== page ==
That memorable trailer apparently did the trick. Soup Pot was wishlist 9,000 times on Steam after being shown during Summer Game Fest, according to Chikon Club business developer Gwen Foster. It was the biggest spike in wishlist numbers since Soup Pot’s Steam page went live.
Adding a game to your wishlist isn’t the same as buying it, of course. Valve’s Aravind Moorthy has estimated that
19% of wishlists convert into sales in the first year of the average game’s life, though the exact number can differ widely. Given that Soup Pout’s trailer cost USD 2,000 to make (“normally local creatives get paid $100-$300 and we thought that was unfair”, says Foster), she calculates that 117 of those people need to buy Soup Pot to cover its cost. That’s 1.3%, which seems like an easy target.
Wholesome Games Direct was excellent for us
Tanya X. Short, Kitfox Games
Direct sales conversions aren’t the only value of wishlists. The mysterious Steam algorithm factors in the number of people who’ve wishlisted a game when determining what to highlight in places like the Discovery Queue featured boxes, and the Popular Upcoming section. All those coveted positions put games in front of customers and can result in more wishlists, keeping them there longer. If indie developers seem obsessed with wishlist numbers, this is why.
VIDEO Paparazzi by Sundae Month is a photo safari game about snapping shots of cute dogs that was announced at 2020’s Wholesome Games Direct and followed up with a 30-second trailer in the 2021 edition. Tanya X Short, captain of Pupperazzi publisher Kitfox Games, says those 30 seconds resulted in thousands of new wishlists—twice as many as the original announcement.
“You can never really tell what will happen beforehand, but Wholesome Games Direct was excellent for us,” she says, “even though many people don’t consider it part of the ‘main’ E3 for whatever reason.” The video was cut together out of their own footage of the Muttropolis level, “so it was just a few days of effort… at least, after we had that level properly optimized for taking footage, which was important work anyway.”
Lakeburg Legacies, a medieval management sim with a focus on the love lives of villagers, hadn’t been revealed before E3. It was announced during the PC Gaming Show and seems to have done well out of it. “We got 8,000 wishlists in less than 24 hours after the reveal of the game, which was awesome”, says Bruno Laverny, communications and marketing director of Ishtar Games. “And now, one week after the reveal, we already have more than 15,000 wishlists, and we’re very happy about it. To give you a comparison, the announcement for our previous game, The Last Spell, only got us around 800 wishlists in one day.”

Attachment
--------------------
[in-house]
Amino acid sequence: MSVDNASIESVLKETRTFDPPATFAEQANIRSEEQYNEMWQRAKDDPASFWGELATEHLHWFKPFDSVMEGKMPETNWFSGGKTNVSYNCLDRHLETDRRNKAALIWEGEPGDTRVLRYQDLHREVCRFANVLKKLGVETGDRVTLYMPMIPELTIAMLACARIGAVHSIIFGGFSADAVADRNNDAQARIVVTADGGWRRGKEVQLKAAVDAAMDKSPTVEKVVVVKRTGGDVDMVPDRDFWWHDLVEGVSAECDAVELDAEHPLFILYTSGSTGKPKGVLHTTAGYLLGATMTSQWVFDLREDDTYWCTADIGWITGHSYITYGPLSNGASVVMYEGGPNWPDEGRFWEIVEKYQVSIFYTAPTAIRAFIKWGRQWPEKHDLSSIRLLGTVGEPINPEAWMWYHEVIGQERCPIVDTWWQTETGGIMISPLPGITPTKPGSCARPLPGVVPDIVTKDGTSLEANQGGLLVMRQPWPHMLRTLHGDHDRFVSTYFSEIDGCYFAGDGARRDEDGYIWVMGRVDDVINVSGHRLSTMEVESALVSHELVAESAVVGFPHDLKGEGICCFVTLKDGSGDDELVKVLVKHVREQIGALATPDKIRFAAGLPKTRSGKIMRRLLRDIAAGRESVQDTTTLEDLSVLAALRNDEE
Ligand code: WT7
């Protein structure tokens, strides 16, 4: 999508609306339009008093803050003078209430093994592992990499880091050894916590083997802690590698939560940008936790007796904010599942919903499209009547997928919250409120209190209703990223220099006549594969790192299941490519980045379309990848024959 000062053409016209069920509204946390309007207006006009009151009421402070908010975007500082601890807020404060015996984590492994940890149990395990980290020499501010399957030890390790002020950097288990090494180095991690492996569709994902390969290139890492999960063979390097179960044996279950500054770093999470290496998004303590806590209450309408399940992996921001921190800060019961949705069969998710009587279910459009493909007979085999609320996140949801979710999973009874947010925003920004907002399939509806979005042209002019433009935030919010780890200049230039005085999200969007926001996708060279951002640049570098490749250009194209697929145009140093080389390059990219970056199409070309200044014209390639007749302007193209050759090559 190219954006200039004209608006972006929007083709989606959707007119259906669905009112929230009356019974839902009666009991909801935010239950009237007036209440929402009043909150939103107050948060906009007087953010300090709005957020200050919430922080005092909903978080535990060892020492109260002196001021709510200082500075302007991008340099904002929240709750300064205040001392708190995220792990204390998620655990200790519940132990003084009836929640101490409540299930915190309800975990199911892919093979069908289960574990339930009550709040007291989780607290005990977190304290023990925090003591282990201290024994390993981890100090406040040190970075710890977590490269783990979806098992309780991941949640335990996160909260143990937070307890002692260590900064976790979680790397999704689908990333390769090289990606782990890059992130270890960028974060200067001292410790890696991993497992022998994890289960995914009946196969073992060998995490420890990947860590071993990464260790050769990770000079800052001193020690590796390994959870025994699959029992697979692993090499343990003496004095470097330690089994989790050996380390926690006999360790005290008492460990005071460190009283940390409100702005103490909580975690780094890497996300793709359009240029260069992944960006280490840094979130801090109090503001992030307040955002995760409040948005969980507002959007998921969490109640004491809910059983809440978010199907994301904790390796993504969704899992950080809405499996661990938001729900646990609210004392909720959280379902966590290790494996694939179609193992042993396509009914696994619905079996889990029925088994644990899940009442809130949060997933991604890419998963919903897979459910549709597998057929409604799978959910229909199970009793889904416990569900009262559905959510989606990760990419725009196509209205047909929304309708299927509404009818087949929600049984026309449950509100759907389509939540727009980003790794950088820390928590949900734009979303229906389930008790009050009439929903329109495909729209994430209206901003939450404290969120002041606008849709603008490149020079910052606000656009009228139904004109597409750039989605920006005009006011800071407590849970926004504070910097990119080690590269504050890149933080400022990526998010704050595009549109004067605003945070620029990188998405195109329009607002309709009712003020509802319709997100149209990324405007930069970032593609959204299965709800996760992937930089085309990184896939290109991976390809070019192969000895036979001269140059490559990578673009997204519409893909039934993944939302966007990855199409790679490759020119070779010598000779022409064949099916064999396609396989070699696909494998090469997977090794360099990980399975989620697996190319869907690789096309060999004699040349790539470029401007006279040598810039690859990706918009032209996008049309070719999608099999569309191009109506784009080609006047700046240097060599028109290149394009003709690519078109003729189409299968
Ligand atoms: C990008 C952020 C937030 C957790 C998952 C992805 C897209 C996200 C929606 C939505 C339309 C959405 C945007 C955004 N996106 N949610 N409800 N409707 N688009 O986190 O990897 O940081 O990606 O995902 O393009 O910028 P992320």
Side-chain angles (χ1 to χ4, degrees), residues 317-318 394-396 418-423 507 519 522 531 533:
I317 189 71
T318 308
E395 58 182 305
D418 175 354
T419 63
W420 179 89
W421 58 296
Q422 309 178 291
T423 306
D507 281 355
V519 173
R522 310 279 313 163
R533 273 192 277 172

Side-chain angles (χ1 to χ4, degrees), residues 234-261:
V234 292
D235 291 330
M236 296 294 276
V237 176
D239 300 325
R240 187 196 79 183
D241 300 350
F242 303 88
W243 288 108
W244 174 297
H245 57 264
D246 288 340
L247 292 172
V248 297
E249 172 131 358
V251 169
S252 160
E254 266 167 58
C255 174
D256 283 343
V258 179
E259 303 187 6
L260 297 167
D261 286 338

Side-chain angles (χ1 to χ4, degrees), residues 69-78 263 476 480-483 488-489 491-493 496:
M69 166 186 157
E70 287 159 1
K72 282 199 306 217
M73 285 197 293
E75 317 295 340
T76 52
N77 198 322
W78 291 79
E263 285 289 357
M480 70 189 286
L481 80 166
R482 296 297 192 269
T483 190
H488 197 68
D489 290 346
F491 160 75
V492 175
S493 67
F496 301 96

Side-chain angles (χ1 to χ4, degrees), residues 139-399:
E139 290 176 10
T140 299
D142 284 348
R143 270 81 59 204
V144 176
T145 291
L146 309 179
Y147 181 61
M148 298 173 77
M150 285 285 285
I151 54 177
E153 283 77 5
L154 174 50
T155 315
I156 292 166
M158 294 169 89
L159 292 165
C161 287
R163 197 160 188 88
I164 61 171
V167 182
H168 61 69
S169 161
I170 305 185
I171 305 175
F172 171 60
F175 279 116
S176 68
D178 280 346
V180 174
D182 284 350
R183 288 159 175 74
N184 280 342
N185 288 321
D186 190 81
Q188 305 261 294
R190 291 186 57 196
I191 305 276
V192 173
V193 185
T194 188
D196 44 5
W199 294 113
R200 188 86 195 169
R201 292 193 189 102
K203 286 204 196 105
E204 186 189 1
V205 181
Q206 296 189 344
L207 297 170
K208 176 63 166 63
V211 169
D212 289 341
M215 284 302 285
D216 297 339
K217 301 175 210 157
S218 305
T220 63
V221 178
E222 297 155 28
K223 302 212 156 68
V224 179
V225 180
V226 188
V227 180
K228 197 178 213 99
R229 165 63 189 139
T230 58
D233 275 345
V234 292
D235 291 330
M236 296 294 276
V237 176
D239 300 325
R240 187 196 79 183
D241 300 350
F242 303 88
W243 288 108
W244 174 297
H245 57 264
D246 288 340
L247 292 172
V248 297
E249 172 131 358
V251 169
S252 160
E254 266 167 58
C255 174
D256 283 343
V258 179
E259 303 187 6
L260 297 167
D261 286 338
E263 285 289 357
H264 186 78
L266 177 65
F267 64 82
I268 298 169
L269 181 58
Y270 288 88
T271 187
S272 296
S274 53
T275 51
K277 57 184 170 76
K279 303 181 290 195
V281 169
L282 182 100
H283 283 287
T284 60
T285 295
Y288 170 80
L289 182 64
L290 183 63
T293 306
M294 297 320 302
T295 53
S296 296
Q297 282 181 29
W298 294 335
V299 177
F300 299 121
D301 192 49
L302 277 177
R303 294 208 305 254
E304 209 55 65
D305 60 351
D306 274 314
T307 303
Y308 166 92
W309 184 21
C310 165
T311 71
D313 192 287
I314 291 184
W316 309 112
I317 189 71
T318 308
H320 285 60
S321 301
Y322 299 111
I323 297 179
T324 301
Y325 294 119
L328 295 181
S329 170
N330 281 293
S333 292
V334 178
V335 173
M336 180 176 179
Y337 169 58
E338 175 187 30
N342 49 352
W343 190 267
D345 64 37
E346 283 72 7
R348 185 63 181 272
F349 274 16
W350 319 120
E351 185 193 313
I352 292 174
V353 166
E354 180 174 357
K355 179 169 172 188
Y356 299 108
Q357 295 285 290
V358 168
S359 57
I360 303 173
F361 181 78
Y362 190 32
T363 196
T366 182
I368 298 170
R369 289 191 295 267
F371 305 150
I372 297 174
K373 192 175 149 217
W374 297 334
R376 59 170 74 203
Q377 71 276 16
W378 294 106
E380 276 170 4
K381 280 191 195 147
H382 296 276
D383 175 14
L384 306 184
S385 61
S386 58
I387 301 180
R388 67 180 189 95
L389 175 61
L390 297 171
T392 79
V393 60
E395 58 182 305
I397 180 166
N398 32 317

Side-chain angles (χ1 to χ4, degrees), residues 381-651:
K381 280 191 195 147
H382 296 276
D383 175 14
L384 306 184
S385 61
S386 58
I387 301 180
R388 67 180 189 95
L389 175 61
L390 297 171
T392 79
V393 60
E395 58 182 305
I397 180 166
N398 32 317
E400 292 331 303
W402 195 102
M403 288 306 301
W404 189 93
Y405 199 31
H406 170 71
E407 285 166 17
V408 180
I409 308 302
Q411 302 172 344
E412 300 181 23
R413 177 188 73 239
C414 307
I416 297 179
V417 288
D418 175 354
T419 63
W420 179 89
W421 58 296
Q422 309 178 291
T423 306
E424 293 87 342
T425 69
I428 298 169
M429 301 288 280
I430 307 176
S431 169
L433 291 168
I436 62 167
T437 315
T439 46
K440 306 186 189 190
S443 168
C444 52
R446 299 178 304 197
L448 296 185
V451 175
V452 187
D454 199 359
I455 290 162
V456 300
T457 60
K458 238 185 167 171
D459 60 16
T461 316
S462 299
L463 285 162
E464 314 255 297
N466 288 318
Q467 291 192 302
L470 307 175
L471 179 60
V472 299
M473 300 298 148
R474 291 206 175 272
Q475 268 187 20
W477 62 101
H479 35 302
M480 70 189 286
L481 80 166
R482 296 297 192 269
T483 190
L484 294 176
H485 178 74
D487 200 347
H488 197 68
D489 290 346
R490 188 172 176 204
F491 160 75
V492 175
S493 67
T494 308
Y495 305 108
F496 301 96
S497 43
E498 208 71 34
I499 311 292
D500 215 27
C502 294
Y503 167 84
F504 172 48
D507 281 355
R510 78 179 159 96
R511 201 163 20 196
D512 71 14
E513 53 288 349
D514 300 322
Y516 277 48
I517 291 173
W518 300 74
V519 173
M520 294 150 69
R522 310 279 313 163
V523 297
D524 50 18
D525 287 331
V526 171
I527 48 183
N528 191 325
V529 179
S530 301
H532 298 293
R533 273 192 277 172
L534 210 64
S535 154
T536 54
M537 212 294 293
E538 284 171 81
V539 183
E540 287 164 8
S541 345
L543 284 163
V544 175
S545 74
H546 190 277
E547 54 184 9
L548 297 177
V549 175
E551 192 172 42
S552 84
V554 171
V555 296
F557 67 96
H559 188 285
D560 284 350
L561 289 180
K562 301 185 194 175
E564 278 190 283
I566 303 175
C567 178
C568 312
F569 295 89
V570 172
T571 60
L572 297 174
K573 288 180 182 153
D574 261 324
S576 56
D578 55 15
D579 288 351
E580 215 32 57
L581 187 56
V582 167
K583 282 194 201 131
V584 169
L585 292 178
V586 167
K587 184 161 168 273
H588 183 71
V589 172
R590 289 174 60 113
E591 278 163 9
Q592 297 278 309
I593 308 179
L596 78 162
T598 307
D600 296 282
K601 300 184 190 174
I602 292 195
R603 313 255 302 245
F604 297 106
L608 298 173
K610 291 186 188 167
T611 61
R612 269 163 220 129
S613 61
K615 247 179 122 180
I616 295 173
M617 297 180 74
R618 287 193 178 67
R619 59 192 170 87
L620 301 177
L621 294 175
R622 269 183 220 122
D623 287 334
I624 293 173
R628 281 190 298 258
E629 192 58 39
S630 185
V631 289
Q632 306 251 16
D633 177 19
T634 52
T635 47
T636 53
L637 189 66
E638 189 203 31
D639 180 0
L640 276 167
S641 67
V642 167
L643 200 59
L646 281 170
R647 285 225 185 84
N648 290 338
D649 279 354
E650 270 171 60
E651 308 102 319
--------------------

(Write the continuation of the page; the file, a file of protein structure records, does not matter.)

Ishtar Games spent a fair bit on the trailer: €10,000, which comes to just under USD 12,000, or around $206 per second. “It’s money well-spent on our end because that gave us the best visibility we could ever hope for,” Laverne says.
Valuable as Steam wishlists are, they’re not the only measure of success for an E3 showcase. Word of mouth is important too, and thanks to social media, game developers can see it happening. Laverne says that Lakeburg Legacies “got a lot of mentions on Twitter from people saying how excited they were about the game”, and Soup Pot developer Chikon Club gained 500 followers, while a teaser for a game called Sally that appeared during the Wholesome Direct stream boosted developer Lucid Tales from “around 200 followers” to almost 1,000.
Sally casts you as one of the children crewing a cartoon airship and looks like Animal Crossing at 30,000 feet. Émile Brodeur, president of worker co-operative Lucid Tales, says they have “a pretty unusual and experimental marketing method” for Sally. It’s still in pre-production, so they’re inviting potential players in via behind-the-scenes videos called “Game Dev Tales” as development progresses. “We are using devlogs to connect to our audience and our first devlog is at 8K views on YouTube”, Brodeur says.
YouTube numbers are what matter for Lucid Tales, and the studio picked up around 700 subscribers after the Sally reveal. The small team spent months working on the video, which Brodeur considers worthwhile. “The trailer is entirely in-engine and most of what you see in the trailer is planned to be in the game for now”, he says. “For us, that was how it made sense to produce a trailer without wasting resources.”